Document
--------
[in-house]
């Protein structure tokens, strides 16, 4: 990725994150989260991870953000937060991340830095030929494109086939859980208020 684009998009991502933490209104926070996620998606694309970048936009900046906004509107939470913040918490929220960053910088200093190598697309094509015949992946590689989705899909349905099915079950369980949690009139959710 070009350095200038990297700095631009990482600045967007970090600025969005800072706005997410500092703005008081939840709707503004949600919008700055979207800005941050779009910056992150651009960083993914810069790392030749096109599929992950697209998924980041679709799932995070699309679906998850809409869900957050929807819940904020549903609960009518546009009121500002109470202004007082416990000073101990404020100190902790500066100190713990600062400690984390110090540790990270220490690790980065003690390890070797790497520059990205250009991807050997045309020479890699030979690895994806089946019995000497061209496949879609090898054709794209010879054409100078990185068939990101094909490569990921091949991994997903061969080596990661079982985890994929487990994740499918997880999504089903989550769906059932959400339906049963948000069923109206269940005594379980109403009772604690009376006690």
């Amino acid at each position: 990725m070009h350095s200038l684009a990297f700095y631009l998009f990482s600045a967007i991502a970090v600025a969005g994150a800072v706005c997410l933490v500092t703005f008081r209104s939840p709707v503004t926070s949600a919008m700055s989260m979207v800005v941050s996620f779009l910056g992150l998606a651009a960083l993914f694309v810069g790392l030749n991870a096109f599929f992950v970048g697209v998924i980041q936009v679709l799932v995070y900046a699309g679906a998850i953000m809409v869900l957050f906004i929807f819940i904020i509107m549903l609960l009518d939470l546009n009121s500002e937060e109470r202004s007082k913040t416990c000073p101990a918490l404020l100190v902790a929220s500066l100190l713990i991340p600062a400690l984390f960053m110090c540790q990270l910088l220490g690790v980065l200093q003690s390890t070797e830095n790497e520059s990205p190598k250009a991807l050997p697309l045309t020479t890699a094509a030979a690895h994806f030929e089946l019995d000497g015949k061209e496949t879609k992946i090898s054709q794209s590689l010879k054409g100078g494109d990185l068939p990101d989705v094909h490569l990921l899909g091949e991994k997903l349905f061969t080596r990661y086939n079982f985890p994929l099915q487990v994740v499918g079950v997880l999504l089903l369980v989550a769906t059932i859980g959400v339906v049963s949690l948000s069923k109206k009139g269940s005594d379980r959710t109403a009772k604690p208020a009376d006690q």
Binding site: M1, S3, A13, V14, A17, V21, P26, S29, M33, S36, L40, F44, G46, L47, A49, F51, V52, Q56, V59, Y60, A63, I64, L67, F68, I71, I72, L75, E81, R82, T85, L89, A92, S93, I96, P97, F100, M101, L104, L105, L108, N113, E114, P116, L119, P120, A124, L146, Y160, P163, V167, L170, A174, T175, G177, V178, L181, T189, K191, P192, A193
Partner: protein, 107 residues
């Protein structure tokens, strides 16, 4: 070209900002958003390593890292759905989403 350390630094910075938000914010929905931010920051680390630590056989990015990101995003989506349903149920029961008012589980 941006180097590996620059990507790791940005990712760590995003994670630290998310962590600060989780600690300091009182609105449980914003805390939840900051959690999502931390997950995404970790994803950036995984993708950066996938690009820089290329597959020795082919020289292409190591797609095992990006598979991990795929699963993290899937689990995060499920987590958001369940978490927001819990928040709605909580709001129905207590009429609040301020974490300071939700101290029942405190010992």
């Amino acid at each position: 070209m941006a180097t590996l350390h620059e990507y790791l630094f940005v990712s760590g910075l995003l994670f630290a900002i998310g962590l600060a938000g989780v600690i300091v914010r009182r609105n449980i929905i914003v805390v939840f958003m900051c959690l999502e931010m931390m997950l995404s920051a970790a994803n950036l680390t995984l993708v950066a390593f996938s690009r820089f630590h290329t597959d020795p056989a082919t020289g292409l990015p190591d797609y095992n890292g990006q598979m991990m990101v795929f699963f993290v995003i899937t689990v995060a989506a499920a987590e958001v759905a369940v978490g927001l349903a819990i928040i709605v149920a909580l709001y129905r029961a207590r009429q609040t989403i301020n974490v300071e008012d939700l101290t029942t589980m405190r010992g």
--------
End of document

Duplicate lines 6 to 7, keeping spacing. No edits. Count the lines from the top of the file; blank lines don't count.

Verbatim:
């Protein structure tokens, strides 16, 4: 070209900002958003390593890292759905989403 350390630094910075938000914010929905931010920051680390630590056989990015990101995003989506349903149920029961008012589980 941006180097590996620059990507790791940005990712760590995003994670630290998310962590600060989780600690300091009182609105449980914003805390939840900051959690999502931390997950995404970790994803950036995984993708950066996938690009820089290329597959020795082919020289292409190591797609095992990006598979991990795929699963993290899937689990995060499920987590958001369940978490927001819990928040709605909580709001129905207590009429609040301020974490300071939700101290029942405190010992």
């Amino acid at each position: 070209m941006a180097t590996l350390h620059e990507y790791l630094f940005v990712s760590g910075l995003l994670f630290a900002i998310g962590l600060a938000g989780v600690i300091v914010r009182r609105n449980i929905i914003v805390v939840f958003m900051c959690l999502e931010m931390m997950l995404s920051a970790a994803n950036l680390t995984l993708v950066a390593f996938s690009r820089f630590h290329t597959d020795p056989a082919t020289g292409l990015p190591d797609y095992n890292g990006q598979m991990m990101v795929f699963f993290v995003i899937t689990v995060a989506a499920a987590e958001v759905a369940v978490g927001l349903a819990i928040i709605v149920a909580l709001y129905r029961a207590r009429q609040t989403i301020n974490v300071e008012d939700l101290t029942t589980m405190r010992g």